|Numéro de publication||US20030004599 A1|
|Type de publication||Demande|
|Numéro de demande||US 10/168,498|
|Date de publication||2 janv. 2003|
|Date de dépôt||9 déc. 2000|
|Date de priorité||31 déc. 1999|
|Autre référence de publication||DE19963948A1, EP1242230A1, EP1242230B1, WO2001049477A1|
|Numéro de publication||10168498, 168498, PCT/2000/4387, PCT/DE/0/004387, PCT/DE/0/04387, PCT/DE/2000/004387, PCT/DE/2000/04387, PCT/DE0/004387, PCT/DE0/04387, PCT/DE0004387, PCT/DE004387, PCT/DE2000/004387, PCT/DE2000/04387, PCT/DE2000004387, PCT/DE200004387, US 2003/0004599 A1, US 2003/004599 A1, US 20030004599 A1, US 20030004599A1, US 2003004599 A1, US 2003004599A1, US-A1-20030004599, US-A1-2003004599, US2003/0004599A1, US2003/004599A1, US20030004599 A1, US20030004599A1, US2003004599 A1, US2003004599A1|
|Cessionnaire d'origine||Zsolt Herbak|
|Exporter la citation||BiBTeX, EndNote, RefMan|
|Citations de brevets (5), Référencé par (21), Classifications (13), Événements juridiques (2)|
|Liens externes: USPTO, Cession USPTO, Espacenet|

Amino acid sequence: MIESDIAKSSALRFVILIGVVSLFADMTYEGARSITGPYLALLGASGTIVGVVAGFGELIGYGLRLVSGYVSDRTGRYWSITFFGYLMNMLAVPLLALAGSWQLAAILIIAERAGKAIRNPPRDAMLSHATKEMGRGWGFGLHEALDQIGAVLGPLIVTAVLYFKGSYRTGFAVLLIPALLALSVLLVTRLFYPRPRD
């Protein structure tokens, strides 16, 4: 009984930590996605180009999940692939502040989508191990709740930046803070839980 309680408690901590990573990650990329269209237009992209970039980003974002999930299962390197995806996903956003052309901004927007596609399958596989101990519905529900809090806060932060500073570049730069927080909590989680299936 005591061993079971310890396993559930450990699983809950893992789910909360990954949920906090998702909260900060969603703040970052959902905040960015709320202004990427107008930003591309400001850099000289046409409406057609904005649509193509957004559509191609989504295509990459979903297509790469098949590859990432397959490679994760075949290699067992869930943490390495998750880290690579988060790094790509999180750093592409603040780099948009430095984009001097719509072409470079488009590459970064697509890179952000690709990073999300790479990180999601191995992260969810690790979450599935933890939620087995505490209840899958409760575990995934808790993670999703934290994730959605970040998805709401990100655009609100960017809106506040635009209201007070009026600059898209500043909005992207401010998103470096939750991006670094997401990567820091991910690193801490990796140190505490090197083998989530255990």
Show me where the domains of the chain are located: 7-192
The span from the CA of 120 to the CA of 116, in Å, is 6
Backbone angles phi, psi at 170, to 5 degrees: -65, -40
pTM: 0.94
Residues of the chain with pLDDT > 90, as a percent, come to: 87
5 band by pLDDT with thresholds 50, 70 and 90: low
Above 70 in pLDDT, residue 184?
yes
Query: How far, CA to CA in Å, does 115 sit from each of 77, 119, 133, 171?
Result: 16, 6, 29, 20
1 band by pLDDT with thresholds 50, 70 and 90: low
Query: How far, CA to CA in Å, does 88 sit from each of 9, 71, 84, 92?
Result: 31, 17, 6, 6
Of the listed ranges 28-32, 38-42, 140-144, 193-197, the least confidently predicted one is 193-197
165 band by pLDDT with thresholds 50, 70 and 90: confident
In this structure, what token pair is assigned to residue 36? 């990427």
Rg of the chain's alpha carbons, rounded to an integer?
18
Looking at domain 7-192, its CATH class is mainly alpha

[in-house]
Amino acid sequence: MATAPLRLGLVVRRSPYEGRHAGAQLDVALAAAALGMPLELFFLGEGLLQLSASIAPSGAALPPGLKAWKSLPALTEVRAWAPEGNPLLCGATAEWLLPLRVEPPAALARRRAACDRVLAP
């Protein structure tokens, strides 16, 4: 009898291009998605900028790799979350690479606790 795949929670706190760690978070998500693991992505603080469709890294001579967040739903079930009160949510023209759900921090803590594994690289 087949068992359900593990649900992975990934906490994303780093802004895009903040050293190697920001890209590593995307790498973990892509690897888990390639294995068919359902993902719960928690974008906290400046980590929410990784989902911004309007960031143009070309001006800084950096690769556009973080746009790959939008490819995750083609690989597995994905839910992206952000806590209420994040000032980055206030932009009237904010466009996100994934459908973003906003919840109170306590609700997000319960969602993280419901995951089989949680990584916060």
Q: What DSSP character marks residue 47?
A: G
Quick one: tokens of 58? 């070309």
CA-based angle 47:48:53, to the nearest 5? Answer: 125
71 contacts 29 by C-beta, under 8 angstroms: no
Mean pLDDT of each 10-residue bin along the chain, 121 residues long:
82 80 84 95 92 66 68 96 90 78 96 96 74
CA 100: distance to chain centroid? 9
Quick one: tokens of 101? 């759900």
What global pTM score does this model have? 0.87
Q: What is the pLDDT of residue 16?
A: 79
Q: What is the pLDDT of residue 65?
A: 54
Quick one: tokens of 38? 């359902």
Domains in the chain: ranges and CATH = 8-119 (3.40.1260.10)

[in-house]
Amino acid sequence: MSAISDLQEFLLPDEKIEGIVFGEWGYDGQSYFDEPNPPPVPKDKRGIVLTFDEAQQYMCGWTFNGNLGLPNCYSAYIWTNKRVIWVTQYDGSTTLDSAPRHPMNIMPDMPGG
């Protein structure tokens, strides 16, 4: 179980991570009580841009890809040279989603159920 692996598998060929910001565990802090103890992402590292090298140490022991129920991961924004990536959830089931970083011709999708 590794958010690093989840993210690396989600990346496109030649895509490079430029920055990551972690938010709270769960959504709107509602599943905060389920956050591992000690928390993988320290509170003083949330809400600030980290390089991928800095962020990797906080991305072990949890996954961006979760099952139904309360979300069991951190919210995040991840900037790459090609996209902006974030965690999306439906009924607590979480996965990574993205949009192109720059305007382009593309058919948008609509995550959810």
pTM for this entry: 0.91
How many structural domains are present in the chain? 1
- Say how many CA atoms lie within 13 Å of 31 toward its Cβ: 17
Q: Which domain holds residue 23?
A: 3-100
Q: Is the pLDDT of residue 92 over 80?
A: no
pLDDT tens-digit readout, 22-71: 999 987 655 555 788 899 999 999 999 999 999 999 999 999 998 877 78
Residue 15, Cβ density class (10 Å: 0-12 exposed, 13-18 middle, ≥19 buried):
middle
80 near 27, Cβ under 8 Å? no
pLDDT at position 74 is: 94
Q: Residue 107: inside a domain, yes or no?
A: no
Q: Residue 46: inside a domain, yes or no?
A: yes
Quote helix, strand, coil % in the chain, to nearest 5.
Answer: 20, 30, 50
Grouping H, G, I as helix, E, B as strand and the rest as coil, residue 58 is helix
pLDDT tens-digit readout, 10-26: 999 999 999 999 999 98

The invention relates to a method for creating a prototype, as defined in the preamble to claim 1.
 A plurality of so-called rapid prototyping methods of this type is known, all of which use a synthetic material for constructing a prototype in layers (e.g. see magazine “INDUSTRIEANZEIGER” [Industry Advertising Journal] 47-48/97, pp 52-64).
 As a result of constantly decreasing product cycles, the rapid prototyping method increasingly gains in importance. The layer-type construction generally occurs fully automatic, wherein the control signals are gained from a 3-D CAD data set. Methods used so far are relatively slow and can be used only for small prototypes. Constructing prototypes with a volume in the order of magnitude starting at 1 m3 is practically impossible. As a result, large-volume prototypes such as automobile prototypes on a scale of 1:1 must still be constructed primarily with mechanical methods and with a correspondingly high expenditure in materials and costs.
 Starting with the prior art, it is the object of the invention to create a prototyping method, which permits the construction of large-volume prototypes, which are created at least essentially automatic.
 This object is solved with a method having the features as defined in claim 1.
 The prototype created with a method according to the invention is constructed in layers, using a synthetic material that increases in volume immediately prior to or following the application, or if applied with an application head, for example a PU (polyurethane) high-resistance foam.
 The invention is explained in further detail in the following with the aid of drawings, which show in:
FIG. 1A device for realizing the method;
FIGS. 2a-d A first variant of the method;
FIGS. 3a-d A second variant of the method;